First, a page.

Athletic Edge - Sports Specific Injuries - Tennis Injuries and Prevention
Tennis, played worldwide, is one of the most popular racket sports. A
high number of tournaments for competitive tennis players may lead to overuse injuries, such as "tennis elbow" or wrist injuries. For noncompetitive tennis
players, improper or inadequate physical and technique training may be
the cause of overuse injuries. Although overuse injuries make up a large
chunk of tennis injuries, the good news is that such injuries can be
prevented with some changes to technique and training routines.
What types of injuries are most common in tennis?
Two-thirds of tennis injuries are due to overuse and
the other one-third is due to a traumatic injury or acute event. Overuse
injuries most often affect the shoulders, wrists, and elbows.
What are common injuries and treatments?
The injury most heard about is "tennis elbow," which is an overuse of
the muscles that extend the wrist or bend it backwards. It is also the
muscle most used when the tennis ball impacts the racquet. Proper
strengthening of this muscle and other muscles around it, along with a
regular warm-up routine, will help decrease the likelihood of
experiencing tennis elbow. Paying attention to technical components such
as grip size and proper technique can also help prevent this condition.
Shoulder overuse injuries are usually due to poor conditioning and
strength of the rotator cuff muscles. The rotator cuff helps to position
the shoulder properly in the shoulder socket. When it is fatigued or
weak, there is some increased "play" of the ball in the socket,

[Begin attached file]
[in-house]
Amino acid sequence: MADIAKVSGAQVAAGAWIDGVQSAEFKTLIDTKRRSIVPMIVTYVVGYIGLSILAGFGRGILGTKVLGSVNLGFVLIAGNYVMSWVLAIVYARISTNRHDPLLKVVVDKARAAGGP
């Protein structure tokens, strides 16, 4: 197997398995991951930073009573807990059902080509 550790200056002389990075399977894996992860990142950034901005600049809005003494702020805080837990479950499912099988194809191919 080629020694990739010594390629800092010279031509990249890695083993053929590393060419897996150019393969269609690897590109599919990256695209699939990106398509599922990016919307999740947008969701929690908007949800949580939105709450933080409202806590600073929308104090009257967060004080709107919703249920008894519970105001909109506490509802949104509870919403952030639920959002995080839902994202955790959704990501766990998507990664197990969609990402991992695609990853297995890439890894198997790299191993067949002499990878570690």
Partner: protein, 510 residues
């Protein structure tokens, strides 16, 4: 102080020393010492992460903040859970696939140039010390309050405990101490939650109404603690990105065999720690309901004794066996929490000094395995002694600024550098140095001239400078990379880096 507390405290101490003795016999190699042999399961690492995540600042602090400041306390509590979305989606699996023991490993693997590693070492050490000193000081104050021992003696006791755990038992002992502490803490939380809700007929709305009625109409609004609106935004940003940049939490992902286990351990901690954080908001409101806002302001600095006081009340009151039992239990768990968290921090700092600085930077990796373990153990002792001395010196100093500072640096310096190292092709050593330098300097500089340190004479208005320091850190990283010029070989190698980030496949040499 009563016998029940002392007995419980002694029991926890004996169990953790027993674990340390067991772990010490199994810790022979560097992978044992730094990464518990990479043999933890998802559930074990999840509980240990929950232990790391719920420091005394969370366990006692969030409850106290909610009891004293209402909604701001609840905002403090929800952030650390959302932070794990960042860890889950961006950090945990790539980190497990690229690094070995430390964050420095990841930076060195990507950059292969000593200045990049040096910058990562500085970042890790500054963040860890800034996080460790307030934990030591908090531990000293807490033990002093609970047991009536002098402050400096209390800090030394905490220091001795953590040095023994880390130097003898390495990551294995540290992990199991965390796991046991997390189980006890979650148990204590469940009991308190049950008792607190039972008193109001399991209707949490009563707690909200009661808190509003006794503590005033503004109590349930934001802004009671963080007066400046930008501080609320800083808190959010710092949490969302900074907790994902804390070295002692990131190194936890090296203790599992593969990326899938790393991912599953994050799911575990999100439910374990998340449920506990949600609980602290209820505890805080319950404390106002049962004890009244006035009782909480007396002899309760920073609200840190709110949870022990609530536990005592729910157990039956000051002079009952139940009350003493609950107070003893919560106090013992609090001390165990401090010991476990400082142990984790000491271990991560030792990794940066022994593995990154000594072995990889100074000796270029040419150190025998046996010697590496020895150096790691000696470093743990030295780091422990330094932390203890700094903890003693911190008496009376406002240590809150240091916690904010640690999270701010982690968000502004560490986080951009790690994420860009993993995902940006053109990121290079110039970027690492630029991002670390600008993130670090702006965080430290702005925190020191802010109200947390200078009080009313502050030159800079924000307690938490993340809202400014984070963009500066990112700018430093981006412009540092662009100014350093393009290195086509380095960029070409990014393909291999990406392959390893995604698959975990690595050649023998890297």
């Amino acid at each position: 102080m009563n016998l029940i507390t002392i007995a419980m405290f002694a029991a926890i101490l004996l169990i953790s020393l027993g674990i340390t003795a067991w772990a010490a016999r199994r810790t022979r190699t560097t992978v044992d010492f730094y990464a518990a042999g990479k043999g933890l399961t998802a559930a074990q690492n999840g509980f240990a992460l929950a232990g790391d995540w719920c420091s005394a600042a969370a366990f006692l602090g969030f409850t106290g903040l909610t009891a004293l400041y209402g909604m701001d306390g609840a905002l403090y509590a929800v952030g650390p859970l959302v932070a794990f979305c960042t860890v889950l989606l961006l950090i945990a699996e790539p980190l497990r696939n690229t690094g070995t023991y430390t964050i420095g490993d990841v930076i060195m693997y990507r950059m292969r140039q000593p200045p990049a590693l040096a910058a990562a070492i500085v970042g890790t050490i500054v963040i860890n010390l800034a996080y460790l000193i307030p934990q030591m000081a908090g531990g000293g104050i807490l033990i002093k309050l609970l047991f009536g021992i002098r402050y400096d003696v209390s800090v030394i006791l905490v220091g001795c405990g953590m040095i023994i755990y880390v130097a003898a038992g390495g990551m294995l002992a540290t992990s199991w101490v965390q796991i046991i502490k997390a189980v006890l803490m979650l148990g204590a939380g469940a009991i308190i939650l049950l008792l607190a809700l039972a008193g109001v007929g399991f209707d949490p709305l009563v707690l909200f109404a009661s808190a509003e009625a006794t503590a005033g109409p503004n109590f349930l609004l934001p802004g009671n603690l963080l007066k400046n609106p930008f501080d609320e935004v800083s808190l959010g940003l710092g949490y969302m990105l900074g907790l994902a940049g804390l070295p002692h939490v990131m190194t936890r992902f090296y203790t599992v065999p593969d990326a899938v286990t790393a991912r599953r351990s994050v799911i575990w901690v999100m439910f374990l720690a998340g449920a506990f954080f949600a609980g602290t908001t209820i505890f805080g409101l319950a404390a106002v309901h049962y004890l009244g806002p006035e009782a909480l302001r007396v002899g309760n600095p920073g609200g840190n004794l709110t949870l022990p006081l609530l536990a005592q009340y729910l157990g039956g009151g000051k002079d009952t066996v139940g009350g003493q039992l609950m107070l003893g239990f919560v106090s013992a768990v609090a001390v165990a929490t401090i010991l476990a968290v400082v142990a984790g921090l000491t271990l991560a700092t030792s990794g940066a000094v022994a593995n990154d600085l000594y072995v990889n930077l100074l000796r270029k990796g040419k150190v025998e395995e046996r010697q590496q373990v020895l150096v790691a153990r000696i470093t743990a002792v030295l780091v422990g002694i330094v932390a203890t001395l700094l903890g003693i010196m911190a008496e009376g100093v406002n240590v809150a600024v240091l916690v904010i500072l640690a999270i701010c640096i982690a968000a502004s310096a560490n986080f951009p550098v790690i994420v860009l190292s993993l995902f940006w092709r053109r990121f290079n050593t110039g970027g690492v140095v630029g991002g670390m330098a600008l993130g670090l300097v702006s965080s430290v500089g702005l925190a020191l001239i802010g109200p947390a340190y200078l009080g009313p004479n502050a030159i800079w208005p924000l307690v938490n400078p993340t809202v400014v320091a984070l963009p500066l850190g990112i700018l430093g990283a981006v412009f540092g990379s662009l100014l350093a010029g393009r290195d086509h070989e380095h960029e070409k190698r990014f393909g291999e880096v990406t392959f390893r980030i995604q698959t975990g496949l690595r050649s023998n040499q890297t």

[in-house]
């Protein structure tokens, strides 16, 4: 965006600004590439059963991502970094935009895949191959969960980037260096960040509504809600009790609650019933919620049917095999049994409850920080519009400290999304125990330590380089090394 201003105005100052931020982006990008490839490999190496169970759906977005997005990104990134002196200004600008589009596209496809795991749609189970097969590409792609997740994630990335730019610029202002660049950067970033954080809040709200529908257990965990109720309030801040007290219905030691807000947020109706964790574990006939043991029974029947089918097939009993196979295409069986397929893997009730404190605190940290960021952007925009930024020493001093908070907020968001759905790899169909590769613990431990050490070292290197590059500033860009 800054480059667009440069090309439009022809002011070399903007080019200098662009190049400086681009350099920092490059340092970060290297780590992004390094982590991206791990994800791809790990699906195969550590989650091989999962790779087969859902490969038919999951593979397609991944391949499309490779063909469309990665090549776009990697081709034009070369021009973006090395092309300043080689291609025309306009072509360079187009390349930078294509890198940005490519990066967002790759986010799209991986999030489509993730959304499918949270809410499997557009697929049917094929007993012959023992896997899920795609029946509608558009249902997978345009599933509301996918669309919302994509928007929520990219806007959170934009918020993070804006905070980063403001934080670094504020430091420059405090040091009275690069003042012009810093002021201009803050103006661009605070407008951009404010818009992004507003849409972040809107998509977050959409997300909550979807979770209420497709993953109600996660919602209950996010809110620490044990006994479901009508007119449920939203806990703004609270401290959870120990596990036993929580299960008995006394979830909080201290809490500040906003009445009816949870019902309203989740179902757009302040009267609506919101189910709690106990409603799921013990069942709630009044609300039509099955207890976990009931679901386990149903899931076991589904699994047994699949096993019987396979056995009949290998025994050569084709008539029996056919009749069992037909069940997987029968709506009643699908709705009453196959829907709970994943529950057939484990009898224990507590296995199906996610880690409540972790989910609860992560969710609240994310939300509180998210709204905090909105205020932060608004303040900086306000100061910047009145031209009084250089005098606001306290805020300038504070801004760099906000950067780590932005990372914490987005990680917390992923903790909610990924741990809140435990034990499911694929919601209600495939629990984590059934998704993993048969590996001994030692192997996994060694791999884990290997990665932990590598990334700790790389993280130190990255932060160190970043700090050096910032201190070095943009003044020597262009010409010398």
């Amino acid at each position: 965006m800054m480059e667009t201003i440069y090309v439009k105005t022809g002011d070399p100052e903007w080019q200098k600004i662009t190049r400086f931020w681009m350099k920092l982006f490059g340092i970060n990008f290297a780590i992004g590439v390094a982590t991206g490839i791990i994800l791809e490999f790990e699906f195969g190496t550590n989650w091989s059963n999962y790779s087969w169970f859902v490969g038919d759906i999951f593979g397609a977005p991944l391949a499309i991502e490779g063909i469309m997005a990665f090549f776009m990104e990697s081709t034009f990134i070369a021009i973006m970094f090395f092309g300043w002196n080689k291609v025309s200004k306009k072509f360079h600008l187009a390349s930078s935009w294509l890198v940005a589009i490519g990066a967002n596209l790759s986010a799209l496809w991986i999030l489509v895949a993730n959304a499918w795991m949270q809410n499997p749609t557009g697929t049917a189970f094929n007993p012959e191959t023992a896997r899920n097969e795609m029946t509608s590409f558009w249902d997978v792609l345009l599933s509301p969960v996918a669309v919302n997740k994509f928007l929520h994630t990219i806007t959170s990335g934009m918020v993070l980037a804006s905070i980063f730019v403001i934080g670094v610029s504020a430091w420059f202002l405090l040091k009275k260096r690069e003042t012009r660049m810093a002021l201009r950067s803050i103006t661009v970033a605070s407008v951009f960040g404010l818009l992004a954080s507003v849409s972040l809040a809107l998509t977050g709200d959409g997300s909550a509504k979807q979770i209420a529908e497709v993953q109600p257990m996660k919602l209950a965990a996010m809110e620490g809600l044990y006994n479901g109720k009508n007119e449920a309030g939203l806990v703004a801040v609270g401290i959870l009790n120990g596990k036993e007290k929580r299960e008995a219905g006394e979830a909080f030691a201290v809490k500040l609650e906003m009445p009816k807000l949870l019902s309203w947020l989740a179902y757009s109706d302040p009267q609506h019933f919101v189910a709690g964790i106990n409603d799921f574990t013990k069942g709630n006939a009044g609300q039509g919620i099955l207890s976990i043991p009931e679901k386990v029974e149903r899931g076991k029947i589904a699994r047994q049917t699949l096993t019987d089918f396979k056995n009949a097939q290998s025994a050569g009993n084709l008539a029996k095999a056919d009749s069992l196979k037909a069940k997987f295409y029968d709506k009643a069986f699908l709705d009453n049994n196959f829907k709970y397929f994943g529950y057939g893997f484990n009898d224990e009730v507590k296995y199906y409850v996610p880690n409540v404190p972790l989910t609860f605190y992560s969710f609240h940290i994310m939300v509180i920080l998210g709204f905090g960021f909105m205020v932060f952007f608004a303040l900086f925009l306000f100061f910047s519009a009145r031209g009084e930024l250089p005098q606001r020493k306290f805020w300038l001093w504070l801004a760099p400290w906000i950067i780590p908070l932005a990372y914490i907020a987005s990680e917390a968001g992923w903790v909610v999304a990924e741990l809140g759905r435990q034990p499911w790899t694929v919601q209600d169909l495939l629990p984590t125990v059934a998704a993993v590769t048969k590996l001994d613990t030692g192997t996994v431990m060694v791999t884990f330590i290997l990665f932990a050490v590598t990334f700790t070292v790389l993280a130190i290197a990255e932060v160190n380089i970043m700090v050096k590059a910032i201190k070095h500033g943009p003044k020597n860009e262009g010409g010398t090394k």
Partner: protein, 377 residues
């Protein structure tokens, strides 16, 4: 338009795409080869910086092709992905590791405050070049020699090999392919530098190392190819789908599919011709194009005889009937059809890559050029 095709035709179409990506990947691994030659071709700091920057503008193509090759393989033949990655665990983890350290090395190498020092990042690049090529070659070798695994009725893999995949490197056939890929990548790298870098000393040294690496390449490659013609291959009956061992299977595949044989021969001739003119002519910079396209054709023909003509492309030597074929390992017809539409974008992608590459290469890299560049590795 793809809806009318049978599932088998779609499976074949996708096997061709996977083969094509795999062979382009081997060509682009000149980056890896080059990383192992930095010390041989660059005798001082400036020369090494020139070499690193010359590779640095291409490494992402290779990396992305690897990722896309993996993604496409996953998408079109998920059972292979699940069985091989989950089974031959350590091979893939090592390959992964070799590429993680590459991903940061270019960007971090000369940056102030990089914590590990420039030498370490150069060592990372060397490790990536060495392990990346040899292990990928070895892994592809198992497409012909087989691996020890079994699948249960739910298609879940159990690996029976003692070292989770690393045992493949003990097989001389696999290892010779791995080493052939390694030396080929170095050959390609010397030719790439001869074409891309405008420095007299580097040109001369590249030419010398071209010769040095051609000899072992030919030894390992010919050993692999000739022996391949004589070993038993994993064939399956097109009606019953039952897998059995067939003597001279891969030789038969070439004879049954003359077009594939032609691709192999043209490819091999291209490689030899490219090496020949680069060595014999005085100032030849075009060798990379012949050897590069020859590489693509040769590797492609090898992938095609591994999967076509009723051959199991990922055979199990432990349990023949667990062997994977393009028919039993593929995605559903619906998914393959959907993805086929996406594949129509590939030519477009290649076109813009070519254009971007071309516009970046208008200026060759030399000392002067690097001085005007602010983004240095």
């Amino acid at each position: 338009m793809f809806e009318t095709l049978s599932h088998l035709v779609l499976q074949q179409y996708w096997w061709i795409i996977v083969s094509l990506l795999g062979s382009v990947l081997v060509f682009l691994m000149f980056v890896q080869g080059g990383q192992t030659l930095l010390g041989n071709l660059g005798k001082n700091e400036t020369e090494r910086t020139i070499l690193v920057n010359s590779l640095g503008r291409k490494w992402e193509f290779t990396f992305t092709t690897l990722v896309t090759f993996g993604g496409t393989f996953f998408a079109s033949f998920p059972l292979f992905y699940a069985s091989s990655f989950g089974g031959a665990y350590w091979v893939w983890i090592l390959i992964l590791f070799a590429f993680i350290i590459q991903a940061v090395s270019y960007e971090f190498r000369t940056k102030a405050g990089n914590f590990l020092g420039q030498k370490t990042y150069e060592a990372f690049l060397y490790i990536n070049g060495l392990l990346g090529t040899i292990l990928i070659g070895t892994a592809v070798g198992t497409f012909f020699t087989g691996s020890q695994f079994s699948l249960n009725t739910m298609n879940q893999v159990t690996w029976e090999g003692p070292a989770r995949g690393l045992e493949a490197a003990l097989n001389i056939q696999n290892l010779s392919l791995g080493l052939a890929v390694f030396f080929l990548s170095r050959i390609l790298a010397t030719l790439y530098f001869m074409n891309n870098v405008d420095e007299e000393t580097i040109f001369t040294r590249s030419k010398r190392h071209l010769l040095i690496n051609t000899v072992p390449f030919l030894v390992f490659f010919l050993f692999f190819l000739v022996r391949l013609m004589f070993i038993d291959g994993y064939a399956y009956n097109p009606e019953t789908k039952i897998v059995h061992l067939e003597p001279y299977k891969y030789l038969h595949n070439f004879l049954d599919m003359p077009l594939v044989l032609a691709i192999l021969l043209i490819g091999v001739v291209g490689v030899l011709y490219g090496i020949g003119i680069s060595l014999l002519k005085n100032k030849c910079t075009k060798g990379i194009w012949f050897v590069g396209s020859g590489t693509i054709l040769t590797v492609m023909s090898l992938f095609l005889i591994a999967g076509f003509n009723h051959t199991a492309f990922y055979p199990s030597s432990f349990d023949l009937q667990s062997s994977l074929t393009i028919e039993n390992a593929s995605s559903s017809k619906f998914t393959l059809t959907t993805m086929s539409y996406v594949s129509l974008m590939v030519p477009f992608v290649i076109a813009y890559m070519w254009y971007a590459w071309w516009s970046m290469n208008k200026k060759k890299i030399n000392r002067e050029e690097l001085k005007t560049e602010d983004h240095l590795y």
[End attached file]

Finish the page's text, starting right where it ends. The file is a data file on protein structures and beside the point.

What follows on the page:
irritating the tissues. The tendon or the bursa can become inflamed and
hurt. This usually produces pain with overhead motions such as serving.
If the pain persists, it can interfere with sleep and other daily
Flexing and extending the wrist against light resistance with an
exercise band three to four times a week may help lessen pain and
Twenty percent of junior players suffer stress fractures, compared to
just 7.5 percent of professional players. Stress fractures are the
result of increasing training too rapidly. When the muscles tire, more
stress is placed on the bone.
If this occurs too quickly, the bone cannot adjust
rapidly enough to accommodate the stress and it breaks. These "breaks"
are usually cracks in the bone that cause pain rather than an actual
break or displacement of the bone. Stress fractures can occur in the leg
(tibia or fibula) or in the foot (the navicular or the metatarsals).
These injuries are preventable with proper strength and endurance
training prior to extensive tennis playing. Appropriate footwear is also
critical to preventing stress fractures.
Muscle strains usually occur from quick, sudden moves. A good warm-up
followed by proper stretching can help diminish muscle strains. The
warm-up should include a slow jog, jumping jacks, or riding a bike at
Proper stretching should be slow and deliberate. Do not bounce to
stretch; hold the stretch 30 seconds or more. The best stretches are
moving stretches, such as swinging your leg as far forward and backward
or swinging your arms in circles and across your body. Proper stretching
should last at least five minutes.
If you have any concerns about an injury or how to prevent future
injuries speak with a sports medicine professional or athletic trainer.
The athlete should return to play only when clearance is granted by a
health care professional.
British Journal of Sports Medicine. 40(5), 454-459, 2006.
Patricia Kolowich, MD
540 Bryant Street, Palo Alto, California 94301 | (650) 815-6552
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